However, companies also refer to workers who operate as regular employees as contractors: if you deliver packages for Big Package Company in a BPC shirt, show up on an hourly schedule, follow specific routes, and you have other aspects of your daily work. professional life dictated by BPC, you are an employee — as a court determined in 2015 in the case of a very real fixed price company: fedex. Even if you also moonlight for Rival Package Company doing similar work, you are still an employee.
“Misclassifications limit people’s ability to negotiate while companies act as employers and control how work is done,” explained Erica Smiley of Jobs With Justice.
Workers are not the only ones affected by misclassifications. The practice is also anti-competitive, harm law-abiding businesses treating employees as employees, assuming the responsibilities and additional costs that come with it. “It’s just another way corporations shift the burdens onto workers and taxpayers,” says Steve Smith of the California Labor Federation.
This is just another way companies shift the burdens onto workers and taxpayers.
Gig economy jobs often come with great promises of profit and are marketed with a language used to describe freelance contracts, such as the ability to set your own hours and select your clients. Employees are not paid by the hour in many cases, but on the job; the more jobs they can accumulate, the higher the salary.
On the ground, The reality is very different, whether you’re a cleaner with Handy or a courier with Postmates. Companies pretty much dictate terms of employment, and in some cases have even created their own version of the company store, as companies like Uber and Fastwho have started selling and renting vehicles for their “subcontractors”.
States such as Massachusetts, New Jersey, and now California is trying to address this issue with laws that clearly define the distinctions between employees and independent contractors. California AB5, for example, would codify the Dynamex decision. Of course, these laws do not magically eliminate the practice of misclassification or instantly reclassify workers, but they do add additional guidance on the subject and create tools that workers and union organizers can use in negotiations with employers.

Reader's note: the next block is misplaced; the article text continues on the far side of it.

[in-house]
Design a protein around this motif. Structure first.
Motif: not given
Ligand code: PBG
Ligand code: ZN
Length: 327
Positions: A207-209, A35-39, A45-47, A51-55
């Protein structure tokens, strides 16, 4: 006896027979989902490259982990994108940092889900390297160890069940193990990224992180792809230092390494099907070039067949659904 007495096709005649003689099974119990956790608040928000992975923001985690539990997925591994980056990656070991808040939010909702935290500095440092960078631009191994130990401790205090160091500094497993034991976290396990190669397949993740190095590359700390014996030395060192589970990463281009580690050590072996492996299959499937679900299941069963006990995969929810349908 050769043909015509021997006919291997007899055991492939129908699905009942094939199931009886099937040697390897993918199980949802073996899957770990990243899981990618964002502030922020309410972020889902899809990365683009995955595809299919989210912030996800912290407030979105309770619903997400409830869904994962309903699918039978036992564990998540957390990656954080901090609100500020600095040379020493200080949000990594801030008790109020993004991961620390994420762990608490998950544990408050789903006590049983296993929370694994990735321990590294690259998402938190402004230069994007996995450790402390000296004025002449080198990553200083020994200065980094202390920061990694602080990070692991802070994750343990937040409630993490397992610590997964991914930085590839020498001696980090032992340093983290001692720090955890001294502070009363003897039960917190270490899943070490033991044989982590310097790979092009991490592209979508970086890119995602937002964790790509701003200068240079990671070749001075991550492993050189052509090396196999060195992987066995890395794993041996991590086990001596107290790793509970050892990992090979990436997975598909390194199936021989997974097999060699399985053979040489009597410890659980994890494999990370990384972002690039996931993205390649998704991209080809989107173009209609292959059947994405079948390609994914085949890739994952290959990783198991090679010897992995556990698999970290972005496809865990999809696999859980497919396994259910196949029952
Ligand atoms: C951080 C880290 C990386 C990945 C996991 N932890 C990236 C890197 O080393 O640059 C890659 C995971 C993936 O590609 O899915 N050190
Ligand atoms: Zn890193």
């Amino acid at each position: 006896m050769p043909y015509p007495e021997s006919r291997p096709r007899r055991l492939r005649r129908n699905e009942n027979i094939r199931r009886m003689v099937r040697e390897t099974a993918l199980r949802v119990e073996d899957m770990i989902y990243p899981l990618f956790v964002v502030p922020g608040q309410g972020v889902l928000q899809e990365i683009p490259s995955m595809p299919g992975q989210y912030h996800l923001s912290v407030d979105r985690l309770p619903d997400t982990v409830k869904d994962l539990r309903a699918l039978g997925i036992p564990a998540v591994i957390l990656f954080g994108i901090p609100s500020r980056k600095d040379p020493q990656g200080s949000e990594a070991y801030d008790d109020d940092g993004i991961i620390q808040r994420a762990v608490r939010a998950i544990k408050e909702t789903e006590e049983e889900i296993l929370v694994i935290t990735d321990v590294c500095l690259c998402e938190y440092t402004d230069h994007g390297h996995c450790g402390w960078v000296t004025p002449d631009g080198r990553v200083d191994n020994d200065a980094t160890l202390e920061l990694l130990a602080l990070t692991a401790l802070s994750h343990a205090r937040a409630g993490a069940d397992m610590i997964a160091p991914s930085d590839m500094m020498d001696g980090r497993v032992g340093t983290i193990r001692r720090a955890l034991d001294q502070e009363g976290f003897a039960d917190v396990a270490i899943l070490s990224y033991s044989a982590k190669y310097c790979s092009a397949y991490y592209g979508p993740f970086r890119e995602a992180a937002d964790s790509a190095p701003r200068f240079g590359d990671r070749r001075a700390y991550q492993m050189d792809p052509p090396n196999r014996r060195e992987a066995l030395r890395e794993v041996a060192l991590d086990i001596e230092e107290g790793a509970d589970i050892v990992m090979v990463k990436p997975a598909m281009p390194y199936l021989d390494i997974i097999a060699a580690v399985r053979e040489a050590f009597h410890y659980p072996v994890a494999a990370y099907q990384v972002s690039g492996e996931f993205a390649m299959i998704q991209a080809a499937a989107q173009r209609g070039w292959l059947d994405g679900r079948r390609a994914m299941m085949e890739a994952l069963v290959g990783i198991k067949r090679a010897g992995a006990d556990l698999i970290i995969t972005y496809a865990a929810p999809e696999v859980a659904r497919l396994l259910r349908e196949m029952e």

In other regions, worker-organizers have focused on issues relating to working conditions themselves, such as compensation and access to benefits, rather than the issue of misclassifications. It happened in New York, washington state and elsewhere – although it should be noted that many of these focus specifically on the gig economy.
The drive to clarify the definition of independent contractors could benefit both workers and employers, and it could also be very disruptive for the tech industry. While the gig economy accounts for a relatively small percentage of misclassified workers, Smith said, “What you see with the gig economy are companies building an entire business model around misclassification. “
Even as lawmakers consider codifying protections, the National Employment Law Project finds these companies are a driving force behind a wave of “marketplace platform” legislation across the United States that explicitly defines gig-economy workers as independent contractors, not employees. A venture capitalist shamelessly told CNN“What is ultimately a better business decision? To try to change the law in a way that you think is right for your platform, or to make sure your platform fits into existing law? »
Building an industry by normalizing misclassifications and sometimes pushing workers to stand up for their own rights, as seen with the smiling workers of the gig economy shilling for their bosses, is a dangerous and troubling trend. Businesses are quick to claim that codifying independent contractor status would be “ruinous”, but they have also said the same about the minimum salary, protect the right to collective bargaining, and other measures designed to improve the health and safety of workers, and yet, one way or another, capitalism prevails. Companies that cannot meet their operating costs fall and others rise to replace them.
“Some businesses,” Smiley commented, “maybe they don’t deserve to exist in a modern society.”